Wildlife species have been subject to control efforts throughout human history due to real or alleged human–wildlife conflicts. The Double-crested Cormorant Phalacrocorax auritus in the interior of North America is no exception, with recent population growth leading to increased conflicts and consequently the development of many control programmes. These control programmes are usually conducted at local scales, often with little or no effort to assess their cumulative effects at the population level. We attempted the first comprehensive assessment of the cumulative effects of control at various spatio-temporal scales, focusing on 199 colonies of Double-crested Cormorant monitored during a 29-year period. Linear models were used to assess the relationship between colony-specific growth rates and a set of candidate factors using an information-theoretic approach. Colony-level density-dependent effects and local control efforts had the greatest influences on population growth. We detected a cumulative effect of management, whereby (i) the reduction in population growth rate was generally stronger when different control activities such as culling or egg oiling were combined, and (ii) past control operations tended to have a pervasive impact on growth rates, especially egg oiling and nest destruction, which negatively affected local recruitment. However, our results also suggest that catastrophic events and the culling of breeding adults that occurred at least 2 years previously could fuel subsequent recruitment or natural immigration from nearby colonies, for instance if the breeding success of remaining pairs was increased through a diminution of density-dependent regulatory processes. Density-dependence at the metapopulation level constituted a third source of regulation, as local growth rates were reduced with increasing number or proximity of active neighbouring colonies. We also found evidence that the culling of Double-crested Cormorants wintering in the southeastern USA could negatively impact the population growth of individual breeding colonies in the Great Lakes, although further research integrating models of migratory connectivity is needed to reach more definitive conclusions. Finally, despite previous studies emphasizing its importance, the net effect of management-induced dispersal appeared small at large spatial scales. We show that this can be explained in part by control strategies (e.g. spatially clustered operations). The continuation of Cormorant management efforts will provide an opportunity to refine the present assessment of the relative importance of density-dependence, breeding vs. nonbreeding season management and dispersal, particularly if population models are coupled with monitoring programmes within an adaptive management framework.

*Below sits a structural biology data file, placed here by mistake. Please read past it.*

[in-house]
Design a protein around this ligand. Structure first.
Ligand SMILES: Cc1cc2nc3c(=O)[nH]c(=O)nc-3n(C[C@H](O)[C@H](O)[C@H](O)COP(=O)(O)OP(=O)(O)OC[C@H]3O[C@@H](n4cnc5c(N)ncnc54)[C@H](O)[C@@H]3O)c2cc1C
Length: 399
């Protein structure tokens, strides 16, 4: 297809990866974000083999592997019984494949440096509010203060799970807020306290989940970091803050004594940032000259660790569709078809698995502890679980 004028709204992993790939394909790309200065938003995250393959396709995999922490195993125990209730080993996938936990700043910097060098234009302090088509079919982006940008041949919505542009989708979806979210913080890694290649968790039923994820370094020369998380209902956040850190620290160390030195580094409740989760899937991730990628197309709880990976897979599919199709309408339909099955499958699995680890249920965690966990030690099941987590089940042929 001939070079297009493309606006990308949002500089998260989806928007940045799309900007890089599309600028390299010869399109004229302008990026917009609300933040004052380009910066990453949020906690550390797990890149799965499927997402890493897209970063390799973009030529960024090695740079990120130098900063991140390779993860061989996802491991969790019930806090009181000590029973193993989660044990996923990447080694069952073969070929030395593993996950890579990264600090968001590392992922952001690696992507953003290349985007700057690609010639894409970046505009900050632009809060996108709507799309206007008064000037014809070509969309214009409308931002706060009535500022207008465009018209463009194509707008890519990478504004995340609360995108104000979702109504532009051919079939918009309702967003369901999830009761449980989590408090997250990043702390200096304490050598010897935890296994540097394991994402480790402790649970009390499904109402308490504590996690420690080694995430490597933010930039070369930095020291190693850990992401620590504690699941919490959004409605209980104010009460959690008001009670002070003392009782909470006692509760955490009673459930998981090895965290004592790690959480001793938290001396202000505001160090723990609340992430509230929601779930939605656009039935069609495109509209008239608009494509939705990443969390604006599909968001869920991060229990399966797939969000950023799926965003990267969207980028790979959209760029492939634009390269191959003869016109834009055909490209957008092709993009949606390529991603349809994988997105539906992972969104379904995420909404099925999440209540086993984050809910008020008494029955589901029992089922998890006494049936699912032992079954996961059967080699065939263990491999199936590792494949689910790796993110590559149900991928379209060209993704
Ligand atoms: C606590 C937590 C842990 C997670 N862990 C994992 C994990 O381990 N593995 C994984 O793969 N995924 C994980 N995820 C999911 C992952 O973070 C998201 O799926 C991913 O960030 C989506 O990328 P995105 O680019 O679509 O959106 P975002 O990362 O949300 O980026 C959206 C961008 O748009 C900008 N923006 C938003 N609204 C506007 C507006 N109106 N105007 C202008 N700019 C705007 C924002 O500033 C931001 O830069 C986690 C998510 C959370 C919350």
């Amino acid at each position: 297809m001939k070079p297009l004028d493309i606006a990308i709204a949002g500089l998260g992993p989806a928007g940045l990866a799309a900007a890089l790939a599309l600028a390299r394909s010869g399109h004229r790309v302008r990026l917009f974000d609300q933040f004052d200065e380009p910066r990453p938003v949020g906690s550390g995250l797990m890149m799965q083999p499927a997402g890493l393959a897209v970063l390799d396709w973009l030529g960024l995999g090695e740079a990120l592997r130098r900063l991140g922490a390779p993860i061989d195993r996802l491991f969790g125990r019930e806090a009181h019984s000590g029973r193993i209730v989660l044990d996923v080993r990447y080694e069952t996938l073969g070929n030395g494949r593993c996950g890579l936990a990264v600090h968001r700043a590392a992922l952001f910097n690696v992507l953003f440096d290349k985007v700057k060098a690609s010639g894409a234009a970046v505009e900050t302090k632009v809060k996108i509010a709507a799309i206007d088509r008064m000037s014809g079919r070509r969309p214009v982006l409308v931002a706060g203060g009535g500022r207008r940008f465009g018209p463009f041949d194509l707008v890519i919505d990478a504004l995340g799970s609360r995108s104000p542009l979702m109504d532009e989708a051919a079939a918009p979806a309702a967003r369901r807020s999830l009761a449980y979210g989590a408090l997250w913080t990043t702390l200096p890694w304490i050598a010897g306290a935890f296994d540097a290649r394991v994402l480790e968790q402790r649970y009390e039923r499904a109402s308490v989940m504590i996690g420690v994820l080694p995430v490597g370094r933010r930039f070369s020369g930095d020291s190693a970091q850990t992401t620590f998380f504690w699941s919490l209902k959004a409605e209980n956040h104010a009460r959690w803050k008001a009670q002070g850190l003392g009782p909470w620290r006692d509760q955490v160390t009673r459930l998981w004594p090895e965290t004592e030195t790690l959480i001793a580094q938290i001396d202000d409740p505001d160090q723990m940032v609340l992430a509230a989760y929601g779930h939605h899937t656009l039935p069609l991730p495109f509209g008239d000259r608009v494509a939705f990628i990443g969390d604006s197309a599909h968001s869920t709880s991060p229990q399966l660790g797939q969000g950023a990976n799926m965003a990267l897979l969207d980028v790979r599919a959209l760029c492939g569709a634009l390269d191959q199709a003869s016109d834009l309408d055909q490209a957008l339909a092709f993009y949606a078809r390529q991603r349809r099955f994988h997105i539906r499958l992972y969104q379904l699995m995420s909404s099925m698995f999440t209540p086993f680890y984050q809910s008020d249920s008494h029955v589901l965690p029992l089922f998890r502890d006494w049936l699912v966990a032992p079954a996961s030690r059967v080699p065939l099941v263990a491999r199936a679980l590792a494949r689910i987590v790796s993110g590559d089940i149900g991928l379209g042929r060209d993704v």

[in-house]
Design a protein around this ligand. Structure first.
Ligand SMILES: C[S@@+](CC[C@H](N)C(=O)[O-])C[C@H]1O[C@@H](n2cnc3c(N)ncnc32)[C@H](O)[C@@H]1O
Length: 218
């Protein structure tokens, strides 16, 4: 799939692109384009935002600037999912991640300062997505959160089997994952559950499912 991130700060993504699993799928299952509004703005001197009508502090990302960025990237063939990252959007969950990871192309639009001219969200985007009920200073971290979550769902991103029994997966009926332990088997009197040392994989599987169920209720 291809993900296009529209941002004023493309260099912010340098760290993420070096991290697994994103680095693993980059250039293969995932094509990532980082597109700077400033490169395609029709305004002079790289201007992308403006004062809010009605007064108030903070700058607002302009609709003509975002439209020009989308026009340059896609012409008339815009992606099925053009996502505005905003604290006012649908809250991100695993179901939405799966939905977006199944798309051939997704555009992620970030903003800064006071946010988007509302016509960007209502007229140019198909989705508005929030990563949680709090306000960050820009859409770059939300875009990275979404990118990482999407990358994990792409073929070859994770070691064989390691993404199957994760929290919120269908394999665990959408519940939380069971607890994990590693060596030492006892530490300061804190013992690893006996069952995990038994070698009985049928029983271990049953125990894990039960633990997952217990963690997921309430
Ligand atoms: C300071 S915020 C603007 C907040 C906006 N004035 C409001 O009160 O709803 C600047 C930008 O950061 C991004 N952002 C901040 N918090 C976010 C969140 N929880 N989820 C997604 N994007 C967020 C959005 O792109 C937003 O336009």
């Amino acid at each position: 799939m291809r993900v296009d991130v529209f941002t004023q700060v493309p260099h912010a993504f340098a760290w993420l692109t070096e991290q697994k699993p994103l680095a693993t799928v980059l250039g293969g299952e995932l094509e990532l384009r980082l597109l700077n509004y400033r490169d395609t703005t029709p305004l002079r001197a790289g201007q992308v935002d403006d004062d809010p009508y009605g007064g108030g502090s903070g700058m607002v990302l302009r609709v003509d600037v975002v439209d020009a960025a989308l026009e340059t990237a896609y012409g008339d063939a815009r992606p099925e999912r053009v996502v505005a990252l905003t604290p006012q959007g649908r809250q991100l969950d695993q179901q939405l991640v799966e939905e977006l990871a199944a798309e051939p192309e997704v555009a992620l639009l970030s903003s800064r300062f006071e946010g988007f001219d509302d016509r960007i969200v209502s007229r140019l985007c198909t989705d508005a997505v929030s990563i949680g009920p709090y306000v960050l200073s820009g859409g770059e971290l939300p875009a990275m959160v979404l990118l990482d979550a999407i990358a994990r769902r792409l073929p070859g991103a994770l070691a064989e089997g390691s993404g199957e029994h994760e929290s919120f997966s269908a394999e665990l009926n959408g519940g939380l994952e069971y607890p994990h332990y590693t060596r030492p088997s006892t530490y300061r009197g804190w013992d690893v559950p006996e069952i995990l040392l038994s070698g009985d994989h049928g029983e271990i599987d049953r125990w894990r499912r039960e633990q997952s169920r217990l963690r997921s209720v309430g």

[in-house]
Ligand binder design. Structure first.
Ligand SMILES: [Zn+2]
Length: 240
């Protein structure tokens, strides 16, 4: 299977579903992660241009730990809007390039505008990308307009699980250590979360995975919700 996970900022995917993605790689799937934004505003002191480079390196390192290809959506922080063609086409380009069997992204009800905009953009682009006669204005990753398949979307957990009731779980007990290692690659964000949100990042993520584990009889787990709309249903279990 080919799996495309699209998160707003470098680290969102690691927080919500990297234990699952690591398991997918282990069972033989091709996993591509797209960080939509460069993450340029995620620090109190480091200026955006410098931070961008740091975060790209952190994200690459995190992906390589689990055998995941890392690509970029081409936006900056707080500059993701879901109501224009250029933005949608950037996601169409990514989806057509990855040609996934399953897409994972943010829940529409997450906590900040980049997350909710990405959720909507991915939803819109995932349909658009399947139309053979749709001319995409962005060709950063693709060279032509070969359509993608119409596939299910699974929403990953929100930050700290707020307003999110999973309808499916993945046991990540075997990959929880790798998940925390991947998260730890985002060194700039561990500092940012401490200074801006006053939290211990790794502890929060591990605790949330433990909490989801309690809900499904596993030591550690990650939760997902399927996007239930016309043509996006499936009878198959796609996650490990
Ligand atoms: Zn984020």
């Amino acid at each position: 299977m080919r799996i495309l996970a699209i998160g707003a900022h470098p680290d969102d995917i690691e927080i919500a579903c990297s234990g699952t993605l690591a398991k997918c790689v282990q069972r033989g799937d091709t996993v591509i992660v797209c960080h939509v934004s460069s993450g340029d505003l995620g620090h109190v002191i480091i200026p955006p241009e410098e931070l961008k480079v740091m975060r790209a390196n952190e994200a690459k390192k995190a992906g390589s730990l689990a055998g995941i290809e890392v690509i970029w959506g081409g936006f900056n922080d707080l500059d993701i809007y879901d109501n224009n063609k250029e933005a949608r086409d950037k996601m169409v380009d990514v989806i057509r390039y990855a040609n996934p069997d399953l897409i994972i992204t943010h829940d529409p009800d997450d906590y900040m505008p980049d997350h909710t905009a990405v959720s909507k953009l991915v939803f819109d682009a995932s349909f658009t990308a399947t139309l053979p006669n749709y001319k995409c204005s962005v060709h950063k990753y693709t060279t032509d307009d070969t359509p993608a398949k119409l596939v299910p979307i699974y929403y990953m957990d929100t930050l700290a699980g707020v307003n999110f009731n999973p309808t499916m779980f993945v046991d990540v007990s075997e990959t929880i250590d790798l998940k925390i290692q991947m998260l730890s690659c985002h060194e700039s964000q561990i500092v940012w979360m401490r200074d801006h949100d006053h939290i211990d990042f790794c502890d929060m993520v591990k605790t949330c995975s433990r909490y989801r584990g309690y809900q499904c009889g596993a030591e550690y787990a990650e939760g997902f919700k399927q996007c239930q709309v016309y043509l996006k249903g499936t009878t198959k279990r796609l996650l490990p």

- human–wildlife conflict,
- information-theoretic approach,
- population control,
- population regulation.
Available at: http://works.bepress.com/brian_dorr/41/